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We all know that op amps means operational amplifier. But how much amplification can a uA741 can do? Can this op amp amplify upto 1000 times?
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We all know that op amps means operational amplifier. But how much amplification can a uA741 can do? Can this op amp amplify upto 1000 times?

Yes, most any opamp can. Open circuit gain (when there is no negative feedback being applies) on most opamps is over 100db (at DC, AC gain is a little more complex to express), that's a gain of 10,000,000,000 if I recall by db conversions correctly. Practical circuit gain using opamps is determined by the ratio of external resistors wired to the opamp to form a classic negative feedback DC amplifier, not by any limitation of the opamp.

More important is that you really shouldn't be using 741 type opamps as it's a second generation opamp dating back forty plus years or so. It has many practical circuit limitiations and very poor specifications for this day and age. Their only remaining purpose in life should be as replacement parts for old existing equipment that used them and are now in need of repair. Much newer opamps with much better specs and as cheap or cheaper then a 741 are easily avalible. Bottom line, ditch the 741s and use real opamps. 
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100db (at DC, AC gain is a little more complex to express), that's a gain of 10,000,000,000

I think you need to divide dB-volts by 20 first, so 100/20 = 5, which is the exponent,
or 10^5 = 100,000 is the open-loop gain.

Yes, 741s are first gen, and not so good. Better choices for inexpensive opAmps
are TL081, LF353, LF442, etc, all available from jameco.com. And not to mention
newer CMOS opAmps like LMC6442.

For high-gain "closed-loop" operation, eg X1000, the most important factor is
the Gain-Bandwidth Product value. I seem to recall 741 GBP = 1Mhz, which
means at X1000, the BW = 1Mhz/1000 = 1000 Hz, which is pretty low.

Some of the other amps mentioned have GBP 5-10X higher. For hi-gain situations,
it's common to use 2 opAmps in series with lower gain in each, then you can get
both hi-gain and also hi-BW.



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Generally its not sensible to have a single stage gain above 100, problems with instability arise (unintended feedback paths via stray capacitances and inductances, or via the power rails)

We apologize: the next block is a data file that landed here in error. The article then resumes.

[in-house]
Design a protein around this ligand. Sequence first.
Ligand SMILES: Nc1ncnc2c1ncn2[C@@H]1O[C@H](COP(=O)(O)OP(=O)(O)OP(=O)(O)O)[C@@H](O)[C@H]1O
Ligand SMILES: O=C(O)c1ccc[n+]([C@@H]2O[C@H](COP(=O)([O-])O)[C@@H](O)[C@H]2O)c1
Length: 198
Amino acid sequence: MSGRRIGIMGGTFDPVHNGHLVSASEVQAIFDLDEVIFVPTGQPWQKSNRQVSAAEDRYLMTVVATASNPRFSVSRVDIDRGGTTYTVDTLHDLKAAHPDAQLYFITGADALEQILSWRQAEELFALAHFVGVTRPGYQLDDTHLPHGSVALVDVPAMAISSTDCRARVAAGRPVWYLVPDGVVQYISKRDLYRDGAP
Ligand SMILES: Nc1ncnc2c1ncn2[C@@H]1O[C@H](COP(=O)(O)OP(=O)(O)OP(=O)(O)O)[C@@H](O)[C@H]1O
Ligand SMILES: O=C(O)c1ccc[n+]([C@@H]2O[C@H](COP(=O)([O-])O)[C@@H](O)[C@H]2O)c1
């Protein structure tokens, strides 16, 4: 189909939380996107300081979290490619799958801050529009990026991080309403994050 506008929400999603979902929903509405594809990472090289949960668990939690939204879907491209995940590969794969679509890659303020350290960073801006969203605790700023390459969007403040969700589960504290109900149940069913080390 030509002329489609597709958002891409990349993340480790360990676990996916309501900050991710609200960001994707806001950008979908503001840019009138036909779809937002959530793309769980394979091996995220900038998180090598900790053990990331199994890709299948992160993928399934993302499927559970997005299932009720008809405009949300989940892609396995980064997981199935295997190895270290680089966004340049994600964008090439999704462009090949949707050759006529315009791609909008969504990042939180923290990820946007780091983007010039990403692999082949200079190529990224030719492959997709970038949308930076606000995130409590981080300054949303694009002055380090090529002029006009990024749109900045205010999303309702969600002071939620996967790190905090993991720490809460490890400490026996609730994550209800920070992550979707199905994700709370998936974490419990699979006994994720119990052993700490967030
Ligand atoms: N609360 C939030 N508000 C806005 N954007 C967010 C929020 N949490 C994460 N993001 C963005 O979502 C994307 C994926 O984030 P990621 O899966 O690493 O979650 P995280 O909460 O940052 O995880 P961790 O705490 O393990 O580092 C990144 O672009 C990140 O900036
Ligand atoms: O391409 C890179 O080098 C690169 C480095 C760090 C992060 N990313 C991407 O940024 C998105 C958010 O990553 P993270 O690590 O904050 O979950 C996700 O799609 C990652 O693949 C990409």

The opamp's high gain is not to provide gain as such, its to provide high accuracy (or put another way low input-offset voltage).  In negative feedback circuits you trade gain for linearity and accuracy.
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Yes, 741s are first gen,
Well not quite as Lefty said it is a second generation monolithic integrated circuit operational amplifier.
Before that came the uA702 in 1963. That had to be stabilised with and external capacitor to stop it oscillating.
The 741 came out in 1968:-
Quote
The popularity of monolithic op-amps was further improved upon the release of the LM101 in 1967, which solved a variety of issues, and the subsequent release of the μA741 in 1968. The μA741 was extremely similar to the LM101 except that Fairchild's facilities allowed them to include a 30 pF compensation capacitor inside the chip instead of requiring external compensation. This simple difference has made the 741 the canonical op-amp and many modern amps base their pinout on the 741s.
Quote from:-
http://en.wikipedia.org/wiki/Operational_amplifier
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We all know that op amps means operational amplifier. But how much amplification can a uA741 can do? Can this op amp amplify upto 1000 times?

An opamp in theory has infinite gain, and you set the actual gain using the negative feedback resistor ladder.
However, over 5,000 or so, I'd start studying data sheets and maybe measurements in detail.
For a signal that varies (e g, almost every signal in existence :-) you should also look at the "gain product."
If an opamp has a "gain product" of 2.8 MHz, and you want a 1000 factor gain, then your input signal should be less than 2.8 kHz for best results.
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@john25

Just one question : What type of application the op-amp uA741 you are planning to use ? 
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Can this op amp amplify upto 1000 times?
To answer this question then yes it can but no it can't.

You can get this gain out of this op amp, but it is not a useful gain. This is because amongst other things all op amps have what is known as a DC offset. This acts like a permanent DC input to the amplifier. Therefore if the feedback resistors are such that the DC offset times the gain is greater than operating voltage, what happens is the output goes to the rail (or the maximum it can output) and there is no amplification of your signal.
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